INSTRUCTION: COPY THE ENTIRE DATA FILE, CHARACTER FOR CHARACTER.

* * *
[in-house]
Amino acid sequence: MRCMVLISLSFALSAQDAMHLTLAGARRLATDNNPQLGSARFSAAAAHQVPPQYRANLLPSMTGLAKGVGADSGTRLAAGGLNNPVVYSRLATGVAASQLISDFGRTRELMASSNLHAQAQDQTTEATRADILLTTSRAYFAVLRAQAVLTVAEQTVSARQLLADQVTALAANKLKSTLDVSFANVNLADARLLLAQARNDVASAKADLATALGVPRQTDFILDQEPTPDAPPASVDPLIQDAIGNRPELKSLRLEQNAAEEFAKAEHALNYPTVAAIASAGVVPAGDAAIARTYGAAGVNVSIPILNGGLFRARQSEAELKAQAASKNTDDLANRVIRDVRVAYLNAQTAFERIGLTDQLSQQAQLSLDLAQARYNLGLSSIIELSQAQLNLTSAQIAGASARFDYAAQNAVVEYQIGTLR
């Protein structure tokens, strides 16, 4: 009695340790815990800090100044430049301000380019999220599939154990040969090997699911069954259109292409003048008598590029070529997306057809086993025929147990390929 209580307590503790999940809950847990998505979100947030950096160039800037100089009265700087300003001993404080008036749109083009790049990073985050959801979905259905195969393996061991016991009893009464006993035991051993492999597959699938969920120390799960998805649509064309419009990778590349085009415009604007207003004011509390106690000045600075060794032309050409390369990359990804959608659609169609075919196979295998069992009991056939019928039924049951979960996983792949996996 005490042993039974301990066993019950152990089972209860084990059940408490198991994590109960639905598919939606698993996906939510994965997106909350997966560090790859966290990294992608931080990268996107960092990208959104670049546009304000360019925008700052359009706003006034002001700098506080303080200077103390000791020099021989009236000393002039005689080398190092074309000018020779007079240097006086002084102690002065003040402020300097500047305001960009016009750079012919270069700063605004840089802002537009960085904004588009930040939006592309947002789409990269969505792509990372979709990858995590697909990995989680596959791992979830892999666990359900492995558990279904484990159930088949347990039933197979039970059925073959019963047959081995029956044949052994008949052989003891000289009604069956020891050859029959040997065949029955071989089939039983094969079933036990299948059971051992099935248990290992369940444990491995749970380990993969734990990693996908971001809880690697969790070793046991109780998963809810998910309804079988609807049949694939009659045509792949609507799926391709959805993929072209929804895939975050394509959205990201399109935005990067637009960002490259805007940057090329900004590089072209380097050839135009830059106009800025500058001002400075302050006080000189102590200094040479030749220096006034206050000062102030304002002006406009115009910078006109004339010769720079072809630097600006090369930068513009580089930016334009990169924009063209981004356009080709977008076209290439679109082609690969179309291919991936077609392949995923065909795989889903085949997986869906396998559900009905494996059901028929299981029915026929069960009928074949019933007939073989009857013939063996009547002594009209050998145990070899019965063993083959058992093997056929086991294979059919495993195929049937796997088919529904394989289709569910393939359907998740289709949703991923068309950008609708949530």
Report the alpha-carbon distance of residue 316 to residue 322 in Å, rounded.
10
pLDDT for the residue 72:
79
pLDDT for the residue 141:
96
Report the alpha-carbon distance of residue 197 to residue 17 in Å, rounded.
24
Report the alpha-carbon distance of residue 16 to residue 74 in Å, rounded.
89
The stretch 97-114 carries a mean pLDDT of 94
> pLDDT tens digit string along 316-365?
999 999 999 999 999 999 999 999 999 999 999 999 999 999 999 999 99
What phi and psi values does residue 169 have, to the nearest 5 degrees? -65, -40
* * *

[in-house]
Amino acid sequence: MRCMVLISLSFALSAQDAMHLTLAGARRLATDNNPQLGSARFSAAAAHQVPPQYRANLLPSMTGLAKGVGADSGTRLAAGGLNNPVVYSRLATGVAASQLISDFGRTRELMASSNLHAQAQDQTTEATRADILLTTSRAYFAVLRAQAVLTVAEQTVSARQLLADQVTALAANKLKSTLDVSFANVNLADARLLLAQARNDVASAKADLATALGVPRQTDFILDQEPTPDAPPASVDPLIQDAIGNRPELKSLRLEQNAAEEFAKAEHALNYPTVAAIASAGVVPAGDAAIARTYGAAGVNVSIPILNGGLFRARQSEAELKAQAASKNTDDLANRVIRDVRVAYLNAQTAFERIGLTDQLSQQAQLSLDLAQARYNLGLSSIIELSQAQLNLTSAQIAGASARFDYAAQNAVVEYQIGTLR
């Protein structure tokens, strides 16, 4: 009695340790815990800090100044430049301000380019999220599939154990040969090997699911069954259109292409003048008598590029070529997306057809086993025929147990390929 209580307590503790999940809950847990998505979100947030950096160039800037100089009265700087300003001993404080008036749109083009790049990073985050959801979905259905195969393996061991016991009893009464006993035991051993492999597959699938969920120390799960998805649509064309419009990778590349085009415009604007207003004011509390106690000045600075060794032309050409390369990359990804959608659609169609075919196979295998069992009991056939019928039924049951979960996983792949996996 005490042993039974301990066993019950152990089972209860084990059940408490198991994590109960639905598919939606698993996906939510994965997106909350997966560090790859966290990294992608931080990268996107960092990208959104670049546009304000360019925008700052359009706003006034002001700098506080303080200077103390000791020099021989009236000393002039005689080398190092074309000018020779007079240097006086002084102690002065003040402020300097500047305001960009016009750079012919270069700063605004840089802002537009960085904004588009930040939006592309947002789409990269969505792509990372979709990858995590697909990995989680596959791992979830892999666990359900492995558990279904484990159930088949347990039933197979039970059925073959019963047959081995029956044949052994008949052989003891000289009604069956020891050859029959040997065949029955071989089939039983094969079933036990299948059971051992099935248990290992369940444990491995749970380990993969734990990693996908971001809880690697969790070793046991109780998963809810998910309804079988609807049949694939009659045509792949609507799926391709959805993929072209929804895939975050394509959205990201399109935005990067637009960002490259805007940057090329900004590089072209380097050839135009830059106009800025500058001002400075302050006080000189102590200094040479030749220096006034206050000062102030304002002006406009115009910078006109004339010769720079072809630097600006090369930068513009580089930016334009990169924009063209981004356009080709977008076209290439679109082609690969179309291919991936077609392949995923065909795989889903085949997986869906396998559900009905494996059901028929299981029915026929069960009928074949019933007939073989009857013939063996009547002594009209050998145990070899019965063993083959058992093997056929086991294979059919495993195929049937796997088919529904394989289709569910393939359907998740289709949703991923068309950008609708949530």
Report the alpha-carbon distance of residue 316 to residue 322 in Å, rounded.
10
pLDDT for the residue 72:
79
pLDDT for the residue 141:
96
Report the alpha-carbon distance of residue 197 to residue 17 in Å, rounded.
24
Report the alpha-carbon distance of residue 16 to residue 74 in Å, rounded.
89
The stretch 97-114 carries a mean pLDDT of 94
> pLDDT tens digit string along 316-365?
999 999 999 999 999 999 999 999 999 999 999 999 999 999 999 999 99
What phi and psi values does residue 169 have, to the nearest 5 degrees? -65, -40